There is a risk for blindness facing anyone with prolonged diabetes. A news report on a new drug could state, accurately, that tests show the drug reduced that risk by a mere one per cent over a five-year period. But a full-page ad by the drug company could state, accurately, that its new product reduces that risk by a whopping 50 per cent. What’s going on – two figures so far apart, but both accurate? It’s a statistical choice. The drug company ad is citing “relative risk” and the news report is citing “absolute risk.”
How statistically challenged reporters can distinguish between the two will be covered during one of the many workshops at the World Conference of Science Journalists in Cairo next year. Health reporters have to handle a barrage of research updates that come, dense with statistics, straight from scientists in the lab or crafted by the PR departments of drug companies, universities or other branches of the medical industry promoting their own interests. So how to read those studies and avoid their reporting pitfalls is a very big deal, and the organizers of WCSJ 2011 have planned this session to help.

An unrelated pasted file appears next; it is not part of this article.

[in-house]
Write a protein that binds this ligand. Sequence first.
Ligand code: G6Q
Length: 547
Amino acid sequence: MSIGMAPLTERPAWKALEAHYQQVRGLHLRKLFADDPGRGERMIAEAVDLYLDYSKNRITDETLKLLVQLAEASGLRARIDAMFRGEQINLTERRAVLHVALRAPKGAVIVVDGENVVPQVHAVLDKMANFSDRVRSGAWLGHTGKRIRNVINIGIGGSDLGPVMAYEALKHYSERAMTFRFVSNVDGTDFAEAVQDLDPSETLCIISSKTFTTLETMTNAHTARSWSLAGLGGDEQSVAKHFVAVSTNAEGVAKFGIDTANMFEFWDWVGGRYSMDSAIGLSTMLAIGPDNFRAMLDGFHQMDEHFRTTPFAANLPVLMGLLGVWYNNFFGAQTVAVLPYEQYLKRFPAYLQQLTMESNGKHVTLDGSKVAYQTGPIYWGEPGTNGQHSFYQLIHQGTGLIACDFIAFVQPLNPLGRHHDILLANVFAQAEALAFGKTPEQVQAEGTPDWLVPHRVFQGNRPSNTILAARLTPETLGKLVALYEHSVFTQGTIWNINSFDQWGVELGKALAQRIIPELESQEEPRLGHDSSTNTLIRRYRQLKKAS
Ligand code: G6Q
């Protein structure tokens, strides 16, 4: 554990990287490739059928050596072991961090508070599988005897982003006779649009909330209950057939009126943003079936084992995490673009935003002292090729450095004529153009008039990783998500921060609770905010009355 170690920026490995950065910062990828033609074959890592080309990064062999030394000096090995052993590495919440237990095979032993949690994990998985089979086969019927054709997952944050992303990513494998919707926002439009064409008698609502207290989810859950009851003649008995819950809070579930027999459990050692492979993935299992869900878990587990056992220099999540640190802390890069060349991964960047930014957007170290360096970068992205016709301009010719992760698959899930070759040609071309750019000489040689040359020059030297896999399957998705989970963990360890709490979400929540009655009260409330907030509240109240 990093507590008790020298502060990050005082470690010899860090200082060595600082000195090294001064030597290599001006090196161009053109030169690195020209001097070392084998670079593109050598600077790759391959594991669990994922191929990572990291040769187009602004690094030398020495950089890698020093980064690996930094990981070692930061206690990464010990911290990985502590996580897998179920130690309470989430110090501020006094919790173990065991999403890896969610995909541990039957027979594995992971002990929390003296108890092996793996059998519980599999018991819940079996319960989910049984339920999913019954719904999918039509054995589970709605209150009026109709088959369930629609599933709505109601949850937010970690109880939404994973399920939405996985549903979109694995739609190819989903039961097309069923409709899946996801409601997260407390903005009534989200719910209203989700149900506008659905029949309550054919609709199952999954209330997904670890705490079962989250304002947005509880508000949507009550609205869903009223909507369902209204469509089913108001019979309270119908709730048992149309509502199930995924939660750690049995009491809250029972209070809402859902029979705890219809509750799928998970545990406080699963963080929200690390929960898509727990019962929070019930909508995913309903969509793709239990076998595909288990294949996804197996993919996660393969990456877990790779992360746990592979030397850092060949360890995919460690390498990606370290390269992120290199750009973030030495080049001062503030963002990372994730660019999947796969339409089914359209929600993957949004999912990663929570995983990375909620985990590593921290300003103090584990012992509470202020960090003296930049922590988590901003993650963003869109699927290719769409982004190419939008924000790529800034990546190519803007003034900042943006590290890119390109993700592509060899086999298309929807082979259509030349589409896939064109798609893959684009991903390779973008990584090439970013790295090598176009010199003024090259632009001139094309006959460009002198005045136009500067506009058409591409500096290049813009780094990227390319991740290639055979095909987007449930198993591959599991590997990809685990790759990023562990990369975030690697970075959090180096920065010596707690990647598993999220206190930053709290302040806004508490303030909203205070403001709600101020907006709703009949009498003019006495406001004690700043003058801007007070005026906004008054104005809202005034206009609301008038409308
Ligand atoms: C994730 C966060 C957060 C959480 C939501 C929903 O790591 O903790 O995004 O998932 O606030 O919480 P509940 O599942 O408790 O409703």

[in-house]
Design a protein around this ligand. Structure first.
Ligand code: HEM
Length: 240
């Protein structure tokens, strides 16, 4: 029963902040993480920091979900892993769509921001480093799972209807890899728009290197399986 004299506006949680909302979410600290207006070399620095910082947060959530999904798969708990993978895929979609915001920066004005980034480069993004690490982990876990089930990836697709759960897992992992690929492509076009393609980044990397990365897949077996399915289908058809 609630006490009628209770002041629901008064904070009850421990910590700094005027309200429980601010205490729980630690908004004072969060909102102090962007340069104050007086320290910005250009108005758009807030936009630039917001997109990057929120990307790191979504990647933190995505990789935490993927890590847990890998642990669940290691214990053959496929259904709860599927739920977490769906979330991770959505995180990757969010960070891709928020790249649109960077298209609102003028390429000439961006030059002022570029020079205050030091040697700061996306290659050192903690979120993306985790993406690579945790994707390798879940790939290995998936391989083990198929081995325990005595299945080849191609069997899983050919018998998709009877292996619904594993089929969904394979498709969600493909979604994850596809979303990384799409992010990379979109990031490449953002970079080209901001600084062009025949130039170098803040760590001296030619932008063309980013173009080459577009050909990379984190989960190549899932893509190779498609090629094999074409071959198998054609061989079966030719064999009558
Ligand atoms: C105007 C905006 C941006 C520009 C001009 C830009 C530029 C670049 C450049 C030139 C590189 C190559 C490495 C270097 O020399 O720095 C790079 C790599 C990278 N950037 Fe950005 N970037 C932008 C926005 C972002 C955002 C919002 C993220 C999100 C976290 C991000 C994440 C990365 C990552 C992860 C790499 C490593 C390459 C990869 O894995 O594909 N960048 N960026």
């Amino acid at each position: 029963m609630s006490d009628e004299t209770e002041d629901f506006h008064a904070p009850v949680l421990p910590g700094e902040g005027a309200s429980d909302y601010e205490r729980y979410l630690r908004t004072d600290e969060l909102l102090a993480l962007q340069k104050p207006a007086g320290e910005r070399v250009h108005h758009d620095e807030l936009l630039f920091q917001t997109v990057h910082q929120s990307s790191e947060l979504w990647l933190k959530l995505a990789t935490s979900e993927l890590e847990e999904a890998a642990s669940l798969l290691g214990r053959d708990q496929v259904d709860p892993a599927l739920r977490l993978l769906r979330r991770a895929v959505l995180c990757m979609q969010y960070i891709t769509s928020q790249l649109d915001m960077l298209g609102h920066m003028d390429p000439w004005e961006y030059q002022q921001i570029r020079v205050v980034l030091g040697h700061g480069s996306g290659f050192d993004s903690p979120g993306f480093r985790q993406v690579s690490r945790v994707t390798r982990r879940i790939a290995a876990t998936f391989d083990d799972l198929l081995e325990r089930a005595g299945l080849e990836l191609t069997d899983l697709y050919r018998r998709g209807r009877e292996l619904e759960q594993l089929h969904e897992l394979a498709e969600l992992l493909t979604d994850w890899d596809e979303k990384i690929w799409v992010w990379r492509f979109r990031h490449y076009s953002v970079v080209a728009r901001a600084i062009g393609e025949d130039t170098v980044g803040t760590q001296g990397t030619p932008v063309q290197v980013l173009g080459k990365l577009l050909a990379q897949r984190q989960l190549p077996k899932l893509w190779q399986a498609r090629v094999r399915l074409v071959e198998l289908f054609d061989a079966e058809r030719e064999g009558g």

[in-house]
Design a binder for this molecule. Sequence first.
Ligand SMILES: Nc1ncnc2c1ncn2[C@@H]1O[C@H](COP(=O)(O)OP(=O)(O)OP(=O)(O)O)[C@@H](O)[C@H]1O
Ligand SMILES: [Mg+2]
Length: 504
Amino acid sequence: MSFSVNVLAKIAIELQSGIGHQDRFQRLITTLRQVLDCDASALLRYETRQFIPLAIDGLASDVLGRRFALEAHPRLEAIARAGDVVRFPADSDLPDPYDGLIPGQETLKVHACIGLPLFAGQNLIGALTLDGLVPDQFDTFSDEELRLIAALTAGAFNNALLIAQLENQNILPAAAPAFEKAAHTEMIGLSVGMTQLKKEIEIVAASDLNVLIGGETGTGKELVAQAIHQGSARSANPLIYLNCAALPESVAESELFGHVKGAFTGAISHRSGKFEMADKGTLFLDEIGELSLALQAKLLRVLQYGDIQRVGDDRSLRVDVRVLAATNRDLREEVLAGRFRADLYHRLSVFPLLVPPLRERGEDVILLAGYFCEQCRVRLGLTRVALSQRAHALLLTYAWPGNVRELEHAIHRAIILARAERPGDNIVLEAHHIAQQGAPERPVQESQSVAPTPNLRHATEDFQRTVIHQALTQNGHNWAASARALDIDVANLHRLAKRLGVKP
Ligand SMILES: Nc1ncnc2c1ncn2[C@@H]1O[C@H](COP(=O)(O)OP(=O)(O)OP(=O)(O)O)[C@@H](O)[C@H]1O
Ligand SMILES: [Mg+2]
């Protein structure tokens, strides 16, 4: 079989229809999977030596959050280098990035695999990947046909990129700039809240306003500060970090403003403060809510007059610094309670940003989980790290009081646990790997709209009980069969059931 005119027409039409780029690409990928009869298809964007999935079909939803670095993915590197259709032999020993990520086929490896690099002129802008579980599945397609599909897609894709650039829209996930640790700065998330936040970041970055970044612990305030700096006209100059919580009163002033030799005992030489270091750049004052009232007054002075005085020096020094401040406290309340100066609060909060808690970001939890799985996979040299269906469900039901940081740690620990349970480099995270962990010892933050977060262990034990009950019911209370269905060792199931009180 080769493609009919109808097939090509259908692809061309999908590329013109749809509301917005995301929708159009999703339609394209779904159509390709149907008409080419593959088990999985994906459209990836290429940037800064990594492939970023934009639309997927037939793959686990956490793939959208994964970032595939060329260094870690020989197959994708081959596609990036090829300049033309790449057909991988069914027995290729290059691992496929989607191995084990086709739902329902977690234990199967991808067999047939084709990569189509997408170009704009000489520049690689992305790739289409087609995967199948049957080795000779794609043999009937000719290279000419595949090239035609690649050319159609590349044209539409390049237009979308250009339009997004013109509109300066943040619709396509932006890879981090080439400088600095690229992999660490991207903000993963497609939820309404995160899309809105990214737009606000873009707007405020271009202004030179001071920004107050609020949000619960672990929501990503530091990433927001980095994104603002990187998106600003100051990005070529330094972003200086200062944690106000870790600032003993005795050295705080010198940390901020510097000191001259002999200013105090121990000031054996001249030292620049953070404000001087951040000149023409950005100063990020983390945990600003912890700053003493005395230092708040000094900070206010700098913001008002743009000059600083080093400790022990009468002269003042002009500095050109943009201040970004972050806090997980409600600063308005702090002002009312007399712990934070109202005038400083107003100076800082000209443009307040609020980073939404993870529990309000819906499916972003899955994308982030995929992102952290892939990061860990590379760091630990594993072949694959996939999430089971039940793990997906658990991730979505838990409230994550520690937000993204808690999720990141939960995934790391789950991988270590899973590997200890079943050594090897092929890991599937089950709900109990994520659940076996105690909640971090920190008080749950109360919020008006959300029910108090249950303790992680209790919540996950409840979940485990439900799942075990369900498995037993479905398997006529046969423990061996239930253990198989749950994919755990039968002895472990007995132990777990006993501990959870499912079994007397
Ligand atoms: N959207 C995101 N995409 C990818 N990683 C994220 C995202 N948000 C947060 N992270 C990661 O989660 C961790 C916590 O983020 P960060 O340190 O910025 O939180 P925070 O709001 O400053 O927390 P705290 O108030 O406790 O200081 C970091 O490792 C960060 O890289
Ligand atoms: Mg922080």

The June 26 pre-conference workshop is to be an all-day event chaired by the authors of the recently published Covering Medical Research. This 60-plus page booklet is published by the Association of Health Care Journalists for its members, but will be handed out for free to everyone attending the workshop in Cairo.